Proposition III.3.1 in Silverman's The Arithmetic of Elliptic Curves

I'm reading Silverman's The Arithmetic of Elliptic Curves, and I have a question concerning his proof of proposition III.3.1a, which states that any elliptic curve $$E$$ over $$K$$ is isomorphic to a plane curve given by a Weierstrass equation. Using Riemann-Roch and II.5.8, he notes that there exist $$x,y\in K(E)$$ such that $$\{1,x\}$$ is a basis for $$\mathcal L(2(O))$$ and $$\{1,x,y\}$$ a basis for $$\mathcal L(3(O))$$. Since $$\mathcal L(6(O))$$ has dimension $$6$$, there exists a linear relation $$A_1+A_2x+A_3y+A_4x^2+a_5xy+A_6y^2+A_7x^3=0.$$ He notes that the $$A_i$$ can be chosed in $$K$$. For this he refers to II.$$5.8$$, which says that for any $$D\in\operatorname{Div}_K(E)$$, $$\mathcal L(D)$$ has a basis consisting of function in $$K(E)$$. I understand that II.$$5.8$$ was used to claim that we can find $$x,y\in K(E)$$ (instead of in $$\overline K(E)$$), but I don't see why they need to also be $$K$$-linearly independent (instead of $$\overline K$$-linearly independent). Could someone explain?

• You have a $K$-vector subspace $V$ spanned by $1,x,y,x^2,xy,y^2,x^3$ inside $\mathcal{L}(6(0))$, and $V \otimes_K \overline K \subset \mathcal{L}(6(0))$ has dimension at most 6, so $V$ has dimension at most 6 over $K$, so there is a linear relation as claimed. Does this address your question? Jun 21, 2021 at 18:31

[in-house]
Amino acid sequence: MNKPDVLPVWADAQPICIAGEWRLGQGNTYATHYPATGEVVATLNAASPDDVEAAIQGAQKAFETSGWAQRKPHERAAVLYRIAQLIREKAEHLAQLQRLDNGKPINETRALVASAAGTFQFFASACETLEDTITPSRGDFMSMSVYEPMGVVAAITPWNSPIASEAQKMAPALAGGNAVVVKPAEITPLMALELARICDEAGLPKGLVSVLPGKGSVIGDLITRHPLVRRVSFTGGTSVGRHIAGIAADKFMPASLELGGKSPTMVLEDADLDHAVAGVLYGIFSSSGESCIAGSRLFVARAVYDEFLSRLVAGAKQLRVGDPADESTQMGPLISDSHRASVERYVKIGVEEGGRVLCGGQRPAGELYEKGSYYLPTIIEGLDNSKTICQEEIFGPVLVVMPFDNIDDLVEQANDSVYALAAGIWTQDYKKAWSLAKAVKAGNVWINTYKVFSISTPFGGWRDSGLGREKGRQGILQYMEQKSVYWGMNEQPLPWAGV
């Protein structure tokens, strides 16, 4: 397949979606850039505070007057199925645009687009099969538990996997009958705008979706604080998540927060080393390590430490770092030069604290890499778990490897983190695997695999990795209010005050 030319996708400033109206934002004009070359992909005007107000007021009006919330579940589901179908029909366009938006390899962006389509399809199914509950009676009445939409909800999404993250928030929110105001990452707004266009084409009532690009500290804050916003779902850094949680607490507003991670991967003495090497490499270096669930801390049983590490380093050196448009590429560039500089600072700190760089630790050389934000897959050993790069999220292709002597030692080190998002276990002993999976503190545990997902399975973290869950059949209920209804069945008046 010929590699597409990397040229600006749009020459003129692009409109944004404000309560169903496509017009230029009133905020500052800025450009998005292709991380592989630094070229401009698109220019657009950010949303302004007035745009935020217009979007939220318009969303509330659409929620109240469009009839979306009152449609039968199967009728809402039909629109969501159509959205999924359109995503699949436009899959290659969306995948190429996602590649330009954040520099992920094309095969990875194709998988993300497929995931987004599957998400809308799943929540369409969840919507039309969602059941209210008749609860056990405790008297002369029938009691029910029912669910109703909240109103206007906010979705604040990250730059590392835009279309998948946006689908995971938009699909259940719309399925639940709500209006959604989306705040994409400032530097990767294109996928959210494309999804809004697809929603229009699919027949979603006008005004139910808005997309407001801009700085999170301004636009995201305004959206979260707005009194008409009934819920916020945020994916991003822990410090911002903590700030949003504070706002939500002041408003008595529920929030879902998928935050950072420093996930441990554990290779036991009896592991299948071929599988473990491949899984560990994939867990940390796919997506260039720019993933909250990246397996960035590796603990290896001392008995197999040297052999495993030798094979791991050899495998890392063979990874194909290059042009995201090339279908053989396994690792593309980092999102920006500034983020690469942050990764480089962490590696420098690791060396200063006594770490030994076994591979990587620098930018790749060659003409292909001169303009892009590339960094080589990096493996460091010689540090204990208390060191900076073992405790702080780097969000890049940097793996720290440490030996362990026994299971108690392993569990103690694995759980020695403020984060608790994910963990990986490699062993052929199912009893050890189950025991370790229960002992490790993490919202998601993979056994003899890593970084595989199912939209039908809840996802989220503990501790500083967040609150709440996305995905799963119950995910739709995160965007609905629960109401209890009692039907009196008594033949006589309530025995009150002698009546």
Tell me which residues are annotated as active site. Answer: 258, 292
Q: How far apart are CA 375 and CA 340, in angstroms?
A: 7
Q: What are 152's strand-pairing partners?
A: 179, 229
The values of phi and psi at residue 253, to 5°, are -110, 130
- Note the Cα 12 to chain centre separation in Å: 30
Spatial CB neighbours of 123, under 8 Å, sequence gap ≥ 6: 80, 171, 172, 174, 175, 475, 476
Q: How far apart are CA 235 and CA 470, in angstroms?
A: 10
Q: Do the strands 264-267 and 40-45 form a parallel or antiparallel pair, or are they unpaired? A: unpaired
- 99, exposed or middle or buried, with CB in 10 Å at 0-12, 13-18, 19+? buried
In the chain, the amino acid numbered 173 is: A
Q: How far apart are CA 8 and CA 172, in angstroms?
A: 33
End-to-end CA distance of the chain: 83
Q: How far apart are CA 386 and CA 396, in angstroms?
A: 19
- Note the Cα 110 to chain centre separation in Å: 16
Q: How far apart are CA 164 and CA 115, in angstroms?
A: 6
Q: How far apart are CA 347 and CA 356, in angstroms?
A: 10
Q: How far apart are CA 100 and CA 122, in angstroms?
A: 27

• @Watson Ah, I hadn't thought of using the tensor product like that, but that's of course how extension of scalars should work - or at least... I still have to proof that $V\otimes_K\overline K$ embeds into $\mathcal L(6(0))$. I'll have to think about that. Thanks for your help! Jun 21, 2021 at 19:25

Let me clarify the situation. You have a $$K$$-vector subspace $$V$$ spanned by $$S := \{ 1,x,y,x^2,xy,y^2,x^3 \} \subset K(E)$$ inside $$\mathcal{L}(6(0))$$. Denote by $$V'$$ the $$\overline K$$-span of $$V$$, inside $$\mathcal{L}(6(0)) \subset \overline K(E)$$ as well.
Since $$\dim_{\overline K}\big( \mathcal{L}(6(0)) \big) = 6$$, $$W$$ has dimension at most 6 over $$\overline K$$, so $$V$$ has dimension at most 6 over $$K$$, and thus there is a linear relation as claimed.